Europe's largest lighting manufacturers are working on an agreement to phase out the production of energy-hungry incandescent light bulbs. The European Union is encouraging the increased use of compact fluorescent bulbs, which consume 1/3 to 1/5 as much electricity.The announcement by the chief executive of Royal Philips Electronics NV's lighting division follows moves last week by the Australian government to ban incandescent bulbs within three years.
Wednesday, 28 February 2007
Monday, 26 February 2007
When EU Environment Commissioner Stavros Dimas announced bold new CO2 reduction targets for the European Union, he stated that only 2/3 of those reductions would come from in-house measures. Fully 1/3 would come from carbon offsets. This should not be a surprise.At Carbon Clear we know that people want to take responsibility for their actions. When it comes to climate change, this means reducing your own CO2 emissions as much as possible. That's why we provide advice to help people reduce energy use at home, promote alternatives to solo driving, and encourage them to think twice before flying. We also help companies understand their climate change impact and find ways to change their carbon-intensive operations.
But climate change is too important to fight with one hand tied behind our collective backs. It will be a few years before drastically improved public transport schemes, zero-carbon homes, and low-carbon vehicles are in widespread use. And the UN says we simply don't have time to wait.
Short of living in a tent and growing all your own food, it may be very difficult or expensive for you to cut the last four or five tonnes of CO2 out of your life. In another part of the world, the cost to achieve that same reduction might be much lower, but poverty and lack of awareness keep people from taking action.Offsets provide the money and technical assistance to make those reductions happen. You may not be able to take the last five tonnes of CO2 out of your life, but you can help take them out of someone else's life. In either case, that's five fewer tonnes of CO2 released. The benefit to the environment is the same as if you'd done it yourself. Next year, as the cost of energy efficiency at home goes down, you can reduce more and offset less.
Offsetting is a practice endorsed by the overwhelming majority of the world's governments, climate scientists and policy experts. It's not the entire answer to climate change - we all need to reduce our own emissions as well. But it's an important part of the puzzle.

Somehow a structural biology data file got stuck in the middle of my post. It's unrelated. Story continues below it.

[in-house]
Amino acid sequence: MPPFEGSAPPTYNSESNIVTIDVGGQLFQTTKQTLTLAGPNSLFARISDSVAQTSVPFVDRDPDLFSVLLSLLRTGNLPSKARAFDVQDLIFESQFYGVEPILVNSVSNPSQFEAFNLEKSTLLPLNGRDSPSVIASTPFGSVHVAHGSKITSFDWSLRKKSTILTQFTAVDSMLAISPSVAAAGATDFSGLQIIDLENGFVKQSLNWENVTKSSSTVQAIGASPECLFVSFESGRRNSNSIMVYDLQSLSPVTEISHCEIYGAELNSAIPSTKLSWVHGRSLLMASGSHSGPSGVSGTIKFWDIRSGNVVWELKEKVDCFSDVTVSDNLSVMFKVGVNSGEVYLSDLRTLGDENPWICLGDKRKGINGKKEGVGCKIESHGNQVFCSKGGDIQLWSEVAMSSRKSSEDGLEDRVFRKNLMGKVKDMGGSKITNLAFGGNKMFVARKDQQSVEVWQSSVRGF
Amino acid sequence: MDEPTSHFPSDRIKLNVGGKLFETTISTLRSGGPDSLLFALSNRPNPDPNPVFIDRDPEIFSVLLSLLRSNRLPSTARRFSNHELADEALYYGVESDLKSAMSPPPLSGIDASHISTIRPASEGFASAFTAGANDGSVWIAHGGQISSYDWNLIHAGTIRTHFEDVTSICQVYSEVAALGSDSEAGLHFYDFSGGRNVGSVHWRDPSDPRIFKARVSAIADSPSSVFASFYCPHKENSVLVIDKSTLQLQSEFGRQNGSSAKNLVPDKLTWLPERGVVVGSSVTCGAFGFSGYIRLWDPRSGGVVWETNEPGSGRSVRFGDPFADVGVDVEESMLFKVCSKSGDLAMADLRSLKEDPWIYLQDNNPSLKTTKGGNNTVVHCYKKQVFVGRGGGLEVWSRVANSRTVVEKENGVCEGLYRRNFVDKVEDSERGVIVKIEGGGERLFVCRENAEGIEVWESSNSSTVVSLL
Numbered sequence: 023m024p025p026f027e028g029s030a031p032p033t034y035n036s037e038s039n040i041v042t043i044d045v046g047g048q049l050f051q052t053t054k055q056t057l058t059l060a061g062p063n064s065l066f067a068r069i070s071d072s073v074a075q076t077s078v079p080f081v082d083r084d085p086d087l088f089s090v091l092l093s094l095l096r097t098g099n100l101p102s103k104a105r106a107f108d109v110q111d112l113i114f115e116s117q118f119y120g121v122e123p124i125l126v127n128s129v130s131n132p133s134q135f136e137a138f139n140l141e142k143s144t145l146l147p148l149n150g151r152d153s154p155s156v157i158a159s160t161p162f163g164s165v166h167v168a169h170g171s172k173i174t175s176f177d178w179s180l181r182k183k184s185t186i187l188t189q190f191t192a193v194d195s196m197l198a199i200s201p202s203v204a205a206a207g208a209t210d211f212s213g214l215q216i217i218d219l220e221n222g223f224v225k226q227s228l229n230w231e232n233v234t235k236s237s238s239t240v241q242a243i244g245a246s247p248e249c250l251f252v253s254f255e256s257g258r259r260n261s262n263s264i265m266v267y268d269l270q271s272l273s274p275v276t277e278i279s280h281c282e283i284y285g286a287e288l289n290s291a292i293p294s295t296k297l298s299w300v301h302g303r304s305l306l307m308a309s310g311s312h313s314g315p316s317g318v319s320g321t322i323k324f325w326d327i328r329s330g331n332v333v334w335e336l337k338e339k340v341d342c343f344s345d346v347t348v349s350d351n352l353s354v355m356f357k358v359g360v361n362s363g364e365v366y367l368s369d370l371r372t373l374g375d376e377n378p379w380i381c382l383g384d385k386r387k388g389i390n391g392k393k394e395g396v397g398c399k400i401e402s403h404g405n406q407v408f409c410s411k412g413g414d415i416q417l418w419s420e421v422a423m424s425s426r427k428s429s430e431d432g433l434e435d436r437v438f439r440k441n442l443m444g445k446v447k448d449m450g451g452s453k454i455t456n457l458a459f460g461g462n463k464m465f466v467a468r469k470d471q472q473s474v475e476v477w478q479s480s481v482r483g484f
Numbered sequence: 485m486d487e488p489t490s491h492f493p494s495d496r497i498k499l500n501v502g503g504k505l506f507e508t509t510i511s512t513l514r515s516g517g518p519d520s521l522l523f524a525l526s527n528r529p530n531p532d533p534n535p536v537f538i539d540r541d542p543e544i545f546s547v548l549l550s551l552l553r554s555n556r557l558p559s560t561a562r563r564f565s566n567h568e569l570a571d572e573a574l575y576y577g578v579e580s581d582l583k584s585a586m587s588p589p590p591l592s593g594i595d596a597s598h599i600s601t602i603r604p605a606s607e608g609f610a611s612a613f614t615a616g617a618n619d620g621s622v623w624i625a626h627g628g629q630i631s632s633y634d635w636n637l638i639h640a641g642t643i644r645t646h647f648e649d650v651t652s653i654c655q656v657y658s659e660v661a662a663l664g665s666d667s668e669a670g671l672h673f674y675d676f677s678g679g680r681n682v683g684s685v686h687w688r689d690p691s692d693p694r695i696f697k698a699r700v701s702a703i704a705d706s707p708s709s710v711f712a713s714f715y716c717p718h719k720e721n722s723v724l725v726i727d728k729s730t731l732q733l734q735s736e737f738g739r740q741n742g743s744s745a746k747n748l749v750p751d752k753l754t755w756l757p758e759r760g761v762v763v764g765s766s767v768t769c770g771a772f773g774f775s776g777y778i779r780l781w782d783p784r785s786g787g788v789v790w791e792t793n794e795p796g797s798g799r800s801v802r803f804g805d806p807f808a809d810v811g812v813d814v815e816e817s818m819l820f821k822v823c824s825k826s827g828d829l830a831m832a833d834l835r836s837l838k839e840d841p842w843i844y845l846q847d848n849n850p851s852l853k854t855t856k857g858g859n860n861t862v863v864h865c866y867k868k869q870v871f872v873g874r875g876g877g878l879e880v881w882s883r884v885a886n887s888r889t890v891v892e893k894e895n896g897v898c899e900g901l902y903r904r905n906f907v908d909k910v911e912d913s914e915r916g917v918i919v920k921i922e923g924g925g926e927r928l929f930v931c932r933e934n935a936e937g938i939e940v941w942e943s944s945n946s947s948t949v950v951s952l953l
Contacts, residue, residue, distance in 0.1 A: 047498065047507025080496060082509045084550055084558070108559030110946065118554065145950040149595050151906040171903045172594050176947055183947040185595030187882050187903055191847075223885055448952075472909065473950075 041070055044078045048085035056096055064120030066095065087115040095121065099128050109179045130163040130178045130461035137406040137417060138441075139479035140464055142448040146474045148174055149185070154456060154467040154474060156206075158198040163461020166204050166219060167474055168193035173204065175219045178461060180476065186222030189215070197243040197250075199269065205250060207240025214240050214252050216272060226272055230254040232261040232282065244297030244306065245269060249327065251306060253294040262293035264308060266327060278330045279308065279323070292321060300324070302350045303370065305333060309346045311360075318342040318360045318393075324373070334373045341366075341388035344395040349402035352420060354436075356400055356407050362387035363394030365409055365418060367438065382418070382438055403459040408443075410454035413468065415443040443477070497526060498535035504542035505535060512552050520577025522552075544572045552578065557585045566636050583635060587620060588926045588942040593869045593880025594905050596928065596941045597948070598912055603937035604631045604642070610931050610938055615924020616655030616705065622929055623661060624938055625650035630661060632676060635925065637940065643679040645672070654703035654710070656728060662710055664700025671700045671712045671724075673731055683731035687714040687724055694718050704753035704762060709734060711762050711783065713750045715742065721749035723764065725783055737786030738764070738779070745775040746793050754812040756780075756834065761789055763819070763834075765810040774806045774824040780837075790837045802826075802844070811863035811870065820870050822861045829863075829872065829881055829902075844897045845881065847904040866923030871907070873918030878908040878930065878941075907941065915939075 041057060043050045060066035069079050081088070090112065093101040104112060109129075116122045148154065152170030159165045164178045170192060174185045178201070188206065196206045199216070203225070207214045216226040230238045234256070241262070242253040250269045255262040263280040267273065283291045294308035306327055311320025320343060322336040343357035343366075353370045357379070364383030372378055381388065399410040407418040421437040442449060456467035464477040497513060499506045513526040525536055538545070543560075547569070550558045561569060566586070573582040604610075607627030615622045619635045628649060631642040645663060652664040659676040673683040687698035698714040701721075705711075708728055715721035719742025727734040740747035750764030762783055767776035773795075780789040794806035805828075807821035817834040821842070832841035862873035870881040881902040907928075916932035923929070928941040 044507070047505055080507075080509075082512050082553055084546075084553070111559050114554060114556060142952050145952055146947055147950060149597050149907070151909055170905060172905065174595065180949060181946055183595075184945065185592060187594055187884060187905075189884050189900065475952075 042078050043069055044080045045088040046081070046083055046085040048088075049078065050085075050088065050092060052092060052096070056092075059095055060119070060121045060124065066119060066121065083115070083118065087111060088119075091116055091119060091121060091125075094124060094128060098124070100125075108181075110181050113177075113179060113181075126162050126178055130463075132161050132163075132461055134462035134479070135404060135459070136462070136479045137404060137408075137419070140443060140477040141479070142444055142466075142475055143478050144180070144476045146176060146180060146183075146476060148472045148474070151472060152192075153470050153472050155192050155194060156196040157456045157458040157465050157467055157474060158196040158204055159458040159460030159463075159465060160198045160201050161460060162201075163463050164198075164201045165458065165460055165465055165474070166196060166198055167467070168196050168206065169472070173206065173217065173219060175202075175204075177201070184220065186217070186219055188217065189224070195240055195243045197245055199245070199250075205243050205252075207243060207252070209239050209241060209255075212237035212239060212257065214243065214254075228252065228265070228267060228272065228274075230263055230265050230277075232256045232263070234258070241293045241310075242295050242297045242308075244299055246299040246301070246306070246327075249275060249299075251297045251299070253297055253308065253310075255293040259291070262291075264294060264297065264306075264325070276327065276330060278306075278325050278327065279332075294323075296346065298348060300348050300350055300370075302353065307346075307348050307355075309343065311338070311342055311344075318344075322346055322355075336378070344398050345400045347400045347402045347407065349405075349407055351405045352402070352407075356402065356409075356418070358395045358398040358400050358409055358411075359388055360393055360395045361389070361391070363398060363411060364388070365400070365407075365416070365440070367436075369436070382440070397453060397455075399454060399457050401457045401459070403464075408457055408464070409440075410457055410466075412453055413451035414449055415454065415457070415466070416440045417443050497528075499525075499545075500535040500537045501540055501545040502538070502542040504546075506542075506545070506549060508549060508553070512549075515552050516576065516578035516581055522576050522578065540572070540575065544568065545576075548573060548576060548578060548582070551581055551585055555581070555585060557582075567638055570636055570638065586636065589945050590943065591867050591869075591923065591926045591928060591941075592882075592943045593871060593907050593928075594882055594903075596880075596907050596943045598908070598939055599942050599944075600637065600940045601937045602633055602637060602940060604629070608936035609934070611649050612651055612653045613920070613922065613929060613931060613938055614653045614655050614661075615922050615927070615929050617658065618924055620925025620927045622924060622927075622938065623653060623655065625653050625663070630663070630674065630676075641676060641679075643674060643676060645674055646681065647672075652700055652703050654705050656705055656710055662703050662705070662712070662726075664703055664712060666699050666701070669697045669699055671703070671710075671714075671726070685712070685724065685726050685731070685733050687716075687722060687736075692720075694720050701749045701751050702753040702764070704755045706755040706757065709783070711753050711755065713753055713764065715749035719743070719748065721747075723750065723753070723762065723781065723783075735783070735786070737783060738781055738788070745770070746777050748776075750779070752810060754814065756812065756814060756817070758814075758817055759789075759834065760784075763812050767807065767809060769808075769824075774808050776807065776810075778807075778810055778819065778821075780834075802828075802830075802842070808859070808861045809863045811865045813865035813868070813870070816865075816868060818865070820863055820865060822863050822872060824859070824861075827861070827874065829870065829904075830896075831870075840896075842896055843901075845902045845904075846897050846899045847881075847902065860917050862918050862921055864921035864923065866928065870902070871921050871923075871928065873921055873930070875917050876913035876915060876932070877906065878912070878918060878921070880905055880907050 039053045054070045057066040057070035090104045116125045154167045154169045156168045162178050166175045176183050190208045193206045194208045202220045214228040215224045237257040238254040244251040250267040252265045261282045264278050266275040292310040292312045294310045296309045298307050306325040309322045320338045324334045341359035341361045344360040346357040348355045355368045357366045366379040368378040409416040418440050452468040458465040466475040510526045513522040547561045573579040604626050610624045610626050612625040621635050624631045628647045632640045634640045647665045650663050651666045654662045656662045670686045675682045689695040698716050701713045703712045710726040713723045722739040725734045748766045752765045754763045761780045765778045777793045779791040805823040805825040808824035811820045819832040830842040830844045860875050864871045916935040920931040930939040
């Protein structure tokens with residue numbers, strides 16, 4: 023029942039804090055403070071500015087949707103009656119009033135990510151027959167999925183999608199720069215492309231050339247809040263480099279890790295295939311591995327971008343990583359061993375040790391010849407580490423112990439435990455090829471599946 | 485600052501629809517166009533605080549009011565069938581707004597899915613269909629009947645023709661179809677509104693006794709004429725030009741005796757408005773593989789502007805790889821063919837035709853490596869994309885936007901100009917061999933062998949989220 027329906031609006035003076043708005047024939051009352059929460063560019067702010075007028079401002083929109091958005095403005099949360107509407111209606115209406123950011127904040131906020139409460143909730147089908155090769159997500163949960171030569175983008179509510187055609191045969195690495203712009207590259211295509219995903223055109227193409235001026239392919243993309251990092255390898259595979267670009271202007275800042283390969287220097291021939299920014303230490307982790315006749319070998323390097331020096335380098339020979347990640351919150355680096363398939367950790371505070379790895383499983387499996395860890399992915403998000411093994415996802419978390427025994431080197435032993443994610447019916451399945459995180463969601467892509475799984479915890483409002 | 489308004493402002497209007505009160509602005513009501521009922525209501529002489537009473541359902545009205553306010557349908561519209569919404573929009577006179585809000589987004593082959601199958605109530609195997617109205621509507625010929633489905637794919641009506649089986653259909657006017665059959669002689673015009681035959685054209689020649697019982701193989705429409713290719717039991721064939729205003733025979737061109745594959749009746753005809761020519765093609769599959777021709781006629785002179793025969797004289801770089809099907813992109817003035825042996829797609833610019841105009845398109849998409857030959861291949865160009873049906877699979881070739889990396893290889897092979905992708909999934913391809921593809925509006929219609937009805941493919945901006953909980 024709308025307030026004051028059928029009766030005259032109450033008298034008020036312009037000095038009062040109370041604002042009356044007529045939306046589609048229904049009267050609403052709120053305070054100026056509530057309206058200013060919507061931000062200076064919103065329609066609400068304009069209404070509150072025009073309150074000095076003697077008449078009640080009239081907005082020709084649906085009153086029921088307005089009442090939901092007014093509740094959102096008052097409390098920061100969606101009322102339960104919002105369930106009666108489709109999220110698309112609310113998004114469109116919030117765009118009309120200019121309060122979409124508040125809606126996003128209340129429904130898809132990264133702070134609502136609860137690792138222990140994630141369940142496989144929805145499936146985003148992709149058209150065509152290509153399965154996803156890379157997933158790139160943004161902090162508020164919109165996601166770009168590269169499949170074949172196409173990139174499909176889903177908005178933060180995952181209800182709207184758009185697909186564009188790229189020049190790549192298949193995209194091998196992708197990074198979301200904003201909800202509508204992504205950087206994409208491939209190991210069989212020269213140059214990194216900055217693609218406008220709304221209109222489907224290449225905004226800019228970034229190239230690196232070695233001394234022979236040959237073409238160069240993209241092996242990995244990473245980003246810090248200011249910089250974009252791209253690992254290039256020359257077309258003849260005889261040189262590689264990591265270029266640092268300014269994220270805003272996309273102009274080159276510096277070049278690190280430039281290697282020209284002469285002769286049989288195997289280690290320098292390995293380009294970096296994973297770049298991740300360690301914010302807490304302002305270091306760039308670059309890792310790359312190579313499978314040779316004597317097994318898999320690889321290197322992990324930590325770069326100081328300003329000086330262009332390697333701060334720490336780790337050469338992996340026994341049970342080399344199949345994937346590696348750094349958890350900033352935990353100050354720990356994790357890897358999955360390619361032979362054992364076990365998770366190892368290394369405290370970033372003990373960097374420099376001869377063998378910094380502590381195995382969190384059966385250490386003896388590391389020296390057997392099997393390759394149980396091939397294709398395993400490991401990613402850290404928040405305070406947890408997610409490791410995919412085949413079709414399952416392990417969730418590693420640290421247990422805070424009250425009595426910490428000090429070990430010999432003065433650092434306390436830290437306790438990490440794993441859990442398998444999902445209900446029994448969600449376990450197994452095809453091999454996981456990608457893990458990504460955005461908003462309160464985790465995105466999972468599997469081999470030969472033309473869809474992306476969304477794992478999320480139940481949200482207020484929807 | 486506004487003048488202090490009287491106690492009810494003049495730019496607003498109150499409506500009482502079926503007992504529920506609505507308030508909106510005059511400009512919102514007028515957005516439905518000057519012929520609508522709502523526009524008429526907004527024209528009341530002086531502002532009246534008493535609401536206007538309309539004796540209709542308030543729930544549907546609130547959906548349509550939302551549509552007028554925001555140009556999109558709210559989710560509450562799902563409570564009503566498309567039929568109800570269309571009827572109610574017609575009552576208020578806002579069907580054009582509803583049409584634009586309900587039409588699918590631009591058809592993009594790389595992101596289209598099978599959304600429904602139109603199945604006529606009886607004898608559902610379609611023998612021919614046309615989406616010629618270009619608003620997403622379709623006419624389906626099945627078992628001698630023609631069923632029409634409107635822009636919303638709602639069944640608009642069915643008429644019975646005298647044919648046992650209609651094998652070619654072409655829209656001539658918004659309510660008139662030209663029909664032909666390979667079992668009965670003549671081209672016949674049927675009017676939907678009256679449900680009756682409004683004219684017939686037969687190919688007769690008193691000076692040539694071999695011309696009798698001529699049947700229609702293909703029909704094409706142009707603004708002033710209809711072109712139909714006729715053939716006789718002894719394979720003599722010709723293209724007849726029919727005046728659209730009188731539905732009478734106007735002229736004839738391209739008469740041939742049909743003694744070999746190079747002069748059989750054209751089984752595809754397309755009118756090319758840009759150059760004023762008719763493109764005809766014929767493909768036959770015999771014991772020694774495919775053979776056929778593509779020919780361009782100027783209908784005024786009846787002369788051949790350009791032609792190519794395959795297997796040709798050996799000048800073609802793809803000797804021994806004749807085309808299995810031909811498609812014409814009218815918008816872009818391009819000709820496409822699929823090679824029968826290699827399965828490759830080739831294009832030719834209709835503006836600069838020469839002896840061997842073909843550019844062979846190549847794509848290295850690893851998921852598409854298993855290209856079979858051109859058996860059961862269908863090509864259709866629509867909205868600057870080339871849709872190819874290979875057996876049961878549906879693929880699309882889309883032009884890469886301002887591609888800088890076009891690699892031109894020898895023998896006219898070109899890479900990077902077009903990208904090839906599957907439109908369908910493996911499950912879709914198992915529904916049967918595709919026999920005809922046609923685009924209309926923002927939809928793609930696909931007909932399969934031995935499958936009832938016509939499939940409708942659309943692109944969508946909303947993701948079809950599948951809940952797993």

Tuesday, 20 February 2007
This should not be a big surprise.
The standard that Carbon Clear uses to measure a company's emissions footprint, ISO 14064, breaks it down into three categories:
- Direct Emissions - resulting from activities under management control. This includes fuels burned in company owned factories, vehicles and offices.
- Energy Indirect Emissions - resulting from energy purchased by the company from third parties. This includes electricity, district heating and cooling water.
- Other Indirect Emissions - resulting from activities by the company's customers and suppliers. This includes business flights, outsourced manufacturing, shipping and freight, service contractors, and customers who drive to a company's store across town, or who use a company's products in polluting ways.
The British Government defends this reporting approach, saying that the country where the pollution occurs should be responsible for reporting it. Britain, they argue, should not be responsible for emissions from a factory in China when that factory isn't bound by British environmental rules.
At Carbon Clear, we feel that companies can do better. Knowledge is power, so we work to give our business customers a complete picture of their carbon exposure. We will always recommend ways to reduce the climate pollution - whether from their operations, from their suppliers, or from their customers.
Armed with this information, more and more of them are taking steps to reduce their entire carbon footprint.
Offsets are a useful tool in carbon management, in part because companies now see the cost of carbon on their balance sheet. This provides a strong incentive to lower their offset bill by reducing their own emissions, their suppliers' emissions, and their customers' emissions. As always, reduce what you can, and offset the rest.
(First published on the Carbon Clear website 12 February 2007)Richard Branson is in the news - again.
Last week he announced a $25 million (£13 million) prize to the person or organisation who could come up with a commercially viable way to remove a billion tonnes of greenhouse gases from the atmosphere each year and keep it locked away for at least ten years.
So is that a lot or a little? How much polluting activity does a billion tonnes of CO2 represent?
More importantly, can it be done, and will Richard's $25 million make a difference?
Worldwide greenhouse gas emissions totaled just over 25 billion tonnnes in 2003, and are projected to grow to 30 billion by 2010. The UK's share of this was just over half a billion tonnes.